Alumni News Articles

QLD Australian of the Year Award recipients announced

21 November 2007

A country music singer who raises funds for communities in need; a man who helps drought-stricken farmers despite losing his own property; a young man who is giving orphaned Nepalese children improved care; and a youth mentor who set up the Safe Party Program and the Redlands Top Cop Award programs were tonight named as the Queensland recipients in the Australian of the Year Awards 2008.

Queensland Premier The Hon Anna Bligh, presented the recipients with their awards in a ceremony this evening and congratulated all Queensland finalists on their achievements and contributions.

The Queensland award recipients are:

The Queensland Australian of the Year 2008 is country music legend and bush community supporter Lee Kernaghan OAM.

Lee Kernaghan is a towering figure in Australian country music and a fine ambassador for his craft. He gave his first public performance at the age of five, formed his first band when he was twelve, and released his first commercial single in 1983. His tally of Golden Guitar awards at the Australian Country Music Awards is 24, second only to the legendary Slim Dusty. Lee has a passion for his music and his country and brings these together in his support for country communities across Australia. To many people he represents the very essence of the spirit and values of contemporary rural Australia. In the past ten years his 'Pass the Hat Around' tours have raised more than a million dollars for communities in need and his participation in the 'Spirit of the Bush' tours raises spirits as well as money for farming families doing it tough in the drought.

The Queensland Senior Australian of the Year 2008 is drought relief helper Brian Egan.

Brian Egan knows exactly what drought-stricken families are going through - he lost his own farm in the 1990's due to drought and personal depression. Five years ago he and his wife, Nerida, established Aussie Helpers to try to alleviate hardship and lift the spirits of families severely affected by drought. By tapping into the bush telegraph, Aussie Helpers finds farming families who are in desperate need of assistance. Brian and his band of committed volunteers have given away more than 150 tonnes of groceries, over 600 tonnes of stock feed and assisted more than 1,000 families. Aussies Helpers raises funds through thrift shops in Dalby and Charleville and through donations to the annual Bush Christmas Appeal and the ongoing Drought Relief Appeal. Brian's hampers help transform Christmas from a bleak and depressing time to one of joy and celebration, while other money goes towards farm repairs, dental care and coastal holidays for outback families.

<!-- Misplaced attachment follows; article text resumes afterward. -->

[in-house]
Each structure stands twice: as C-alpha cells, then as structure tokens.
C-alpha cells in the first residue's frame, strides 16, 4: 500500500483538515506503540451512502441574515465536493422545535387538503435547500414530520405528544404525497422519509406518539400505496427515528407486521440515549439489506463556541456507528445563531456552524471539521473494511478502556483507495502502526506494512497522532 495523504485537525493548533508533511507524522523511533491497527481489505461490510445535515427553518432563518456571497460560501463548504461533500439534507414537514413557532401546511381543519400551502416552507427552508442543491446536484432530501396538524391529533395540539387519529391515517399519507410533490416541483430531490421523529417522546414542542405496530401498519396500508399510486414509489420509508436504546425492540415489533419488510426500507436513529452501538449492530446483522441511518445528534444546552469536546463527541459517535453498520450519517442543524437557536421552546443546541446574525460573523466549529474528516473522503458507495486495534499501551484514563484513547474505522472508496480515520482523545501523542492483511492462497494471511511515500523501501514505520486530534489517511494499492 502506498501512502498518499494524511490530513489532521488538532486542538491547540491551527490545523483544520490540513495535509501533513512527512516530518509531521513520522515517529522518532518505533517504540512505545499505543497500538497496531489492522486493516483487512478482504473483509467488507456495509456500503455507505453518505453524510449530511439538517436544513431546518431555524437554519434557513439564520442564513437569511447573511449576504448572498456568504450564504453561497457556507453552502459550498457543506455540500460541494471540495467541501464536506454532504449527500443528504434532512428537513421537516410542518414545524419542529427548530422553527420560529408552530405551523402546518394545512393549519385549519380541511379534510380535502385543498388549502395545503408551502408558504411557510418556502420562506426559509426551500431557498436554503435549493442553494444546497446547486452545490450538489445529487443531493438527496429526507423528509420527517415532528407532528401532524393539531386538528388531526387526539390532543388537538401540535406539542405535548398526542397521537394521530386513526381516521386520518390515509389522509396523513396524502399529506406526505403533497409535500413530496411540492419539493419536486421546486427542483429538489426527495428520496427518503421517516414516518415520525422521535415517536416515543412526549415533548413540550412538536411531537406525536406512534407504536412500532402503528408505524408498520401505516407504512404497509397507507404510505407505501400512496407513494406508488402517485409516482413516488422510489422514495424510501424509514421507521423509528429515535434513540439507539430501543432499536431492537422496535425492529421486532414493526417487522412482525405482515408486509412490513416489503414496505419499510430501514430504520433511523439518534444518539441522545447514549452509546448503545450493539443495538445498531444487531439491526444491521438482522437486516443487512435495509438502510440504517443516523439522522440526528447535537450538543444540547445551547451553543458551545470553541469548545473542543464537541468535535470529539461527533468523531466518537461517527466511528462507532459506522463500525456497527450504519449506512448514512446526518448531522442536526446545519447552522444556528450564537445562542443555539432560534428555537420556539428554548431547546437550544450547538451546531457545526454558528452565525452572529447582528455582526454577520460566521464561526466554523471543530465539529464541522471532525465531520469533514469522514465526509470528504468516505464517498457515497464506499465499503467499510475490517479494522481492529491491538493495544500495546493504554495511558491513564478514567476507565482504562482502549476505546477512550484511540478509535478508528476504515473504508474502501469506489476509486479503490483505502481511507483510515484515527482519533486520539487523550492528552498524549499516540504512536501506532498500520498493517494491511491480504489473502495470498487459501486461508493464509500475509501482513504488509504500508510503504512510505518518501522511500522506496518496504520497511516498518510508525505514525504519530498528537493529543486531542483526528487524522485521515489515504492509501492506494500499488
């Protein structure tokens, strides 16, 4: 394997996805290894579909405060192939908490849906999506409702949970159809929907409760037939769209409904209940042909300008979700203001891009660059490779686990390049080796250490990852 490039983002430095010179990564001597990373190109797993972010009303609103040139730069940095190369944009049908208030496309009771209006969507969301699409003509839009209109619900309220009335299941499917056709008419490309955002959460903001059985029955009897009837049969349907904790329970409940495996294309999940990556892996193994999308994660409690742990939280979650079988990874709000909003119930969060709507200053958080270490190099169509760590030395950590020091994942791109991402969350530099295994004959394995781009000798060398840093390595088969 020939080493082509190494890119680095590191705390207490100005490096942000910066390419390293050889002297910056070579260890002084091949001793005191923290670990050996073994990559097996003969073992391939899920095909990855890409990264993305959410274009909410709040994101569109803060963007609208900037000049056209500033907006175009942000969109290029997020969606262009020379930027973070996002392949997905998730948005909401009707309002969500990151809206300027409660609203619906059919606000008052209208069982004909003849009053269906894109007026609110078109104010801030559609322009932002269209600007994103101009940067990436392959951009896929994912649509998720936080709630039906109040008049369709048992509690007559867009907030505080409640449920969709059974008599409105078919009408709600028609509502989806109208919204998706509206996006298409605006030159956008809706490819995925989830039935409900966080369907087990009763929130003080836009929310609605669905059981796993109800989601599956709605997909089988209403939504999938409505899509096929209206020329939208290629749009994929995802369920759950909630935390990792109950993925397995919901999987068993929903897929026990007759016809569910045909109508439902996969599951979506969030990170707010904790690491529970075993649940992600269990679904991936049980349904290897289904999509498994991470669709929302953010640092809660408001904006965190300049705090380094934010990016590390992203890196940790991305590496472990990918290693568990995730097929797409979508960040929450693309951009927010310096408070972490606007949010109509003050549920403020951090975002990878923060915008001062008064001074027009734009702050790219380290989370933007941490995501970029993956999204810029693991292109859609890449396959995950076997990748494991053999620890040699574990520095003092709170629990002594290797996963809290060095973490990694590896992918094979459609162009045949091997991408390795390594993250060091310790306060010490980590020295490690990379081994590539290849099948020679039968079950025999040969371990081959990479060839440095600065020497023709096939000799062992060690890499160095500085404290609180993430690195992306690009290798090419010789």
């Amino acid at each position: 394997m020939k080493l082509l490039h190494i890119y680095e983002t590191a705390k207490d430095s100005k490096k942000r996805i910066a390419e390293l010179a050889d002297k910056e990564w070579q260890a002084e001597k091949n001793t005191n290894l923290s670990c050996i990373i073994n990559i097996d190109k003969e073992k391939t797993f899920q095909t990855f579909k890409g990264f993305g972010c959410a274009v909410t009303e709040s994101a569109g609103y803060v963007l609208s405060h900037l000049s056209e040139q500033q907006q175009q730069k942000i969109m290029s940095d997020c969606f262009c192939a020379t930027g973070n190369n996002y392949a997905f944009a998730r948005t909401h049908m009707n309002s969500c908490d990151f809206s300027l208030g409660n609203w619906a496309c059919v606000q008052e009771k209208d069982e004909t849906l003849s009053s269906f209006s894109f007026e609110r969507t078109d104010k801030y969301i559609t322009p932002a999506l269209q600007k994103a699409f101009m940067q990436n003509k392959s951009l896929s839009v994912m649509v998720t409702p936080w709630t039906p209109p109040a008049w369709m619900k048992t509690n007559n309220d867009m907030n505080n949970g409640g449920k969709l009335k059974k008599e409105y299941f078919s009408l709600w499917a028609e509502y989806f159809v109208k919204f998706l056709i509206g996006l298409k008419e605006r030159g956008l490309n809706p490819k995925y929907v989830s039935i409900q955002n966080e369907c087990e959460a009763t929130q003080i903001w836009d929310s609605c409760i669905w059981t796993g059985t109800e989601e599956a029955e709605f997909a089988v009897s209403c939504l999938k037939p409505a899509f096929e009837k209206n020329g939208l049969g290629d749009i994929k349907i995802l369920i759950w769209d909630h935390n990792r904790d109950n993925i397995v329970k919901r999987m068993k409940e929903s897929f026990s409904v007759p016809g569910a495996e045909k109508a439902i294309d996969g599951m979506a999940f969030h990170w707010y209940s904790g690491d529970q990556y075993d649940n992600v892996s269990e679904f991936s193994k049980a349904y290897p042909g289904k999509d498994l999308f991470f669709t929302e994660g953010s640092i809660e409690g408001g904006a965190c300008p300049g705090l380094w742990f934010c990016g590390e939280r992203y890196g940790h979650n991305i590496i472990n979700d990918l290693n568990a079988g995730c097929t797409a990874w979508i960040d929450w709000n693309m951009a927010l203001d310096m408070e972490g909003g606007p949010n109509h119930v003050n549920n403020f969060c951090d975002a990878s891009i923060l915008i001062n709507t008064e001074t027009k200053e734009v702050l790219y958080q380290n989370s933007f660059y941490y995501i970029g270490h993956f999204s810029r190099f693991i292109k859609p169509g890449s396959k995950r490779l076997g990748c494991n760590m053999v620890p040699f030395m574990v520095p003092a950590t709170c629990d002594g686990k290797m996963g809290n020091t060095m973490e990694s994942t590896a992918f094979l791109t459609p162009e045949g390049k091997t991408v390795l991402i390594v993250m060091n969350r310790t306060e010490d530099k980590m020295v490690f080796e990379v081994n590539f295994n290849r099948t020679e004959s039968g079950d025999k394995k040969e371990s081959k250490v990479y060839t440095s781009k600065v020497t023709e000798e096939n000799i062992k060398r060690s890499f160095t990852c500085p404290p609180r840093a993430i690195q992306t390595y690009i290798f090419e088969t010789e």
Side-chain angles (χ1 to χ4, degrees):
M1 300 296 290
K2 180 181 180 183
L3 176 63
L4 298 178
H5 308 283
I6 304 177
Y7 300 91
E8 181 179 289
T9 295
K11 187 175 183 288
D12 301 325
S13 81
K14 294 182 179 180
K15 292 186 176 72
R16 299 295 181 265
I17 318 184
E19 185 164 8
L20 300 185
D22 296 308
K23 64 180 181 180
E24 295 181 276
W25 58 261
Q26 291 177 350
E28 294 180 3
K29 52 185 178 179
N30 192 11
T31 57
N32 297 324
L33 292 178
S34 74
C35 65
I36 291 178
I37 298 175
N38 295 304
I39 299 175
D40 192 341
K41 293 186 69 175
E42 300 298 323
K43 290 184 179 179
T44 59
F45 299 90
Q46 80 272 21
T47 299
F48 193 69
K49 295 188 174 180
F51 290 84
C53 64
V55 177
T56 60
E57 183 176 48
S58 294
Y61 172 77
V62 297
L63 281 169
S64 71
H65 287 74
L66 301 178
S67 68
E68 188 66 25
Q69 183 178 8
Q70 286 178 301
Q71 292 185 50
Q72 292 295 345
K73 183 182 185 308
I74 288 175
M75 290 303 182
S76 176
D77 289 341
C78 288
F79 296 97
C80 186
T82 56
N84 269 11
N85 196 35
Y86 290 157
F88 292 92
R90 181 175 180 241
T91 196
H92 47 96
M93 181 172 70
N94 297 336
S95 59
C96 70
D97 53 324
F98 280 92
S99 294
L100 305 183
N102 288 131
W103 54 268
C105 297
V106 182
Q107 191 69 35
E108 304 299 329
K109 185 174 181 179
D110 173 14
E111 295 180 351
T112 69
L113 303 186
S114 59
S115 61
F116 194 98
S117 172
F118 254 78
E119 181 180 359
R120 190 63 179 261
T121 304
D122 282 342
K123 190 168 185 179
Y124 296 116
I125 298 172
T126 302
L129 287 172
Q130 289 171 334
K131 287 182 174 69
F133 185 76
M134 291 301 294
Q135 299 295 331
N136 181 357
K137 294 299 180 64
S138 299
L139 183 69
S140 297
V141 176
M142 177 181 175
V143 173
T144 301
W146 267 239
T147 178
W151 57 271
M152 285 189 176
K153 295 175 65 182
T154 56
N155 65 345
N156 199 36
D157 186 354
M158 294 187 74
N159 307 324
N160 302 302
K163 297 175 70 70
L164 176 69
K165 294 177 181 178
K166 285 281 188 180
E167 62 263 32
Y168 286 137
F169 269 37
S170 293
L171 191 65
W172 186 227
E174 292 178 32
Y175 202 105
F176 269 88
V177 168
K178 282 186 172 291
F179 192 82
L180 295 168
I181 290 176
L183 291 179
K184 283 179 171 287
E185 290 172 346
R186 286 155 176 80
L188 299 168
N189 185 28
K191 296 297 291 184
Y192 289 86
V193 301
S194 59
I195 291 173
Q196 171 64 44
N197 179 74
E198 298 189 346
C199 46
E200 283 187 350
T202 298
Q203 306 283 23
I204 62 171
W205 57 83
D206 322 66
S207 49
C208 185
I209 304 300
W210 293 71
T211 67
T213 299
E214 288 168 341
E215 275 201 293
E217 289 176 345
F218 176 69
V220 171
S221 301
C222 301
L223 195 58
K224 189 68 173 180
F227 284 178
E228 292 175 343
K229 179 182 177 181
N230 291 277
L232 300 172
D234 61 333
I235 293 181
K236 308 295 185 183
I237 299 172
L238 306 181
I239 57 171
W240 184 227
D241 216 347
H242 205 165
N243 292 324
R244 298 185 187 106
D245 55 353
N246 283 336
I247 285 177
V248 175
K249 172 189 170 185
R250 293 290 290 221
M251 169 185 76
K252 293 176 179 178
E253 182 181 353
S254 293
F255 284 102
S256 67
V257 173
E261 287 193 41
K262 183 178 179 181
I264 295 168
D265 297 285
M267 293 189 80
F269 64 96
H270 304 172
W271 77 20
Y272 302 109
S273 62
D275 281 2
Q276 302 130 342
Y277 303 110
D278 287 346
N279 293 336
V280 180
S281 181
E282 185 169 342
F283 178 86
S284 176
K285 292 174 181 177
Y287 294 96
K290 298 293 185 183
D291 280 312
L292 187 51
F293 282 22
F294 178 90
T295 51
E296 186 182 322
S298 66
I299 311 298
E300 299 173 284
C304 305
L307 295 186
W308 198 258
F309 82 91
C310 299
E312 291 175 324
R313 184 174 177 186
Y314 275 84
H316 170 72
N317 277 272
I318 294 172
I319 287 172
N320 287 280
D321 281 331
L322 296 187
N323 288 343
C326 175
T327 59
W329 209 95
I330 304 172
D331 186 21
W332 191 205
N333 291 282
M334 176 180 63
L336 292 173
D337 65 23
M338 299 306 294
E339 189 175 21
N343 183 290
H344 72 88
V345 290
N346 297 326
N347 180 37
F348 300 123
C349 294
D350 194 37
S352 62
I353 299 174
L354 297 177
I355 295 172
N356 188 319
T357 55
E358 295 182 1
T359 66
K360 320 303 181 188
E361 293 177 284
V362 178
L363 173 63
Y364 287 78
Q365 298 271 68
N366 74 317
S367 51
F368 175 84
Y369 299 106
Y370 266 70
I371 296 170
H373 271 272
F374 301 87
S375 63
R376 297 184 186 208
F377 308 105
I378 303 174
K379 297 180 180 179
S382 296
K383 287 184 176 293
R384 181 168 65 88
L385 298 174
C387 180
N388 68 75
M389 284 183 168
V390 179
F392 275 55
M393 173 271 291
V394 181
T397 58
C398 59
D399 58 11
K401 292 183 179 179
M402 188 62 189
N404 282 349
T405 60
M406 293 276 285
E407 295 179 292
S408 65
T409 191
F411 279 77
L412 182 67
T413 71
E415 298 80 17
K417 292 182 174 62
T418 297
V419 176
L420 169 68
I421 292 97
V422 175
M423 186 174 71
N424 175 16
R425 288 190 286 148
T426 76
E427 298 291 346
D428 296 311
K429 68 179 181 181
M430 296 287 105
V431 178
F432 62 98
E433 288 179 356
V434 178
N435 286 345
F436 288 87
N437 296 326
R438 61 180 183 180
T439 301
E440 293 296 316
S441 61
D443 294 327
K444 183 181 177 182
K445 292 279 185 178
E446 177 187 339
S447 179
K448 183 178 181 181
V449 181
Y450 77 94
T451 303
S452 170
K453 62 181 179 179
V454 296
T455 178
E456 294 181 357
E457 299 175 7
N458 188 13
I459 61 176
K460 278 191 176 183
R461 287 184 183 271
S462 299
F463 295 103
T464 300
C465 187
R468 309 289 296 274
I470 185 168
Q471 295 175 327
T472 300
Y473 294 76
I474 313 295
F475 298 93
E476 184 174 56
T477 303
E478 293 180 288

The Queensland Young Australian of the Year 2008 is orphans' champion Lars Olsen.

Lars Olsen set off in 2004 for a stint of helping orphans in Nepal and teaching English as a volunteer. What he found was uplifting - kids facing a life of hardship and destitution yet looking on life with simplicity, love, compassion and wisdom at such an early age. However, Lars was dismayed when he discovered the small orphanage he worked in was a quagmire of corruption and worse. After rescuing one of the children from terrible abuse, he set up the Forget Me Not Children's Home, with strict governance in place so that all the funds raised are used directly for the kids' welfare. The number of orphans under care quickly reached ten, with the hope that it will one day rise to 30. Lars is also the 2007 Suncorp Young Queenslander of the Year, a timely recognition of his tireless dedication to relieving poverty, hunger, and oppression from the world. Lars is 24 years old.

The Queensland Local Hero of the Year 2008 is youth mentor Michael Meehan.

Michael Meehan has contributed to his community for 20 years as a volunteer helping children, youth, and veterans. He formed Special Kids Queensland, which helps adults with special needs, the elderly, the veterans' community, and virtually anyone who needs special support. Michael organised the Queensland Fire & Rescue Service's annual toy drive and opened a wheelchair and mobility aids bank that lends equipment free of charge to people who can't afford it or aren't entitled to government support. His Safe Party Practice program prepares youths for a safer Schoolies Week and he builds better relationships between youth and police. Mick set up the Redlands Top Cop Award which encourages young people to vote for the police officer who has shown professionalism and broken down barriers between them and police. This is just a glimpse of Michael's commitment to his community, given freely despite the serious effects of chemical exposure as a young man.

"Queenslanders can be very proud of these award recipients, who represent the great Australian values of mateship, helping others and taking action where help is needed," said Tam Johnston, National Manager of the Australian of the Year Awards.

"Like all our award recipients this year, they have been truly inspirational in their own fields and in the broader community."

All Queensland award recipients now become national finalists in the Australian of the Year Awards to be announced in Canberra on 25 January 2008.

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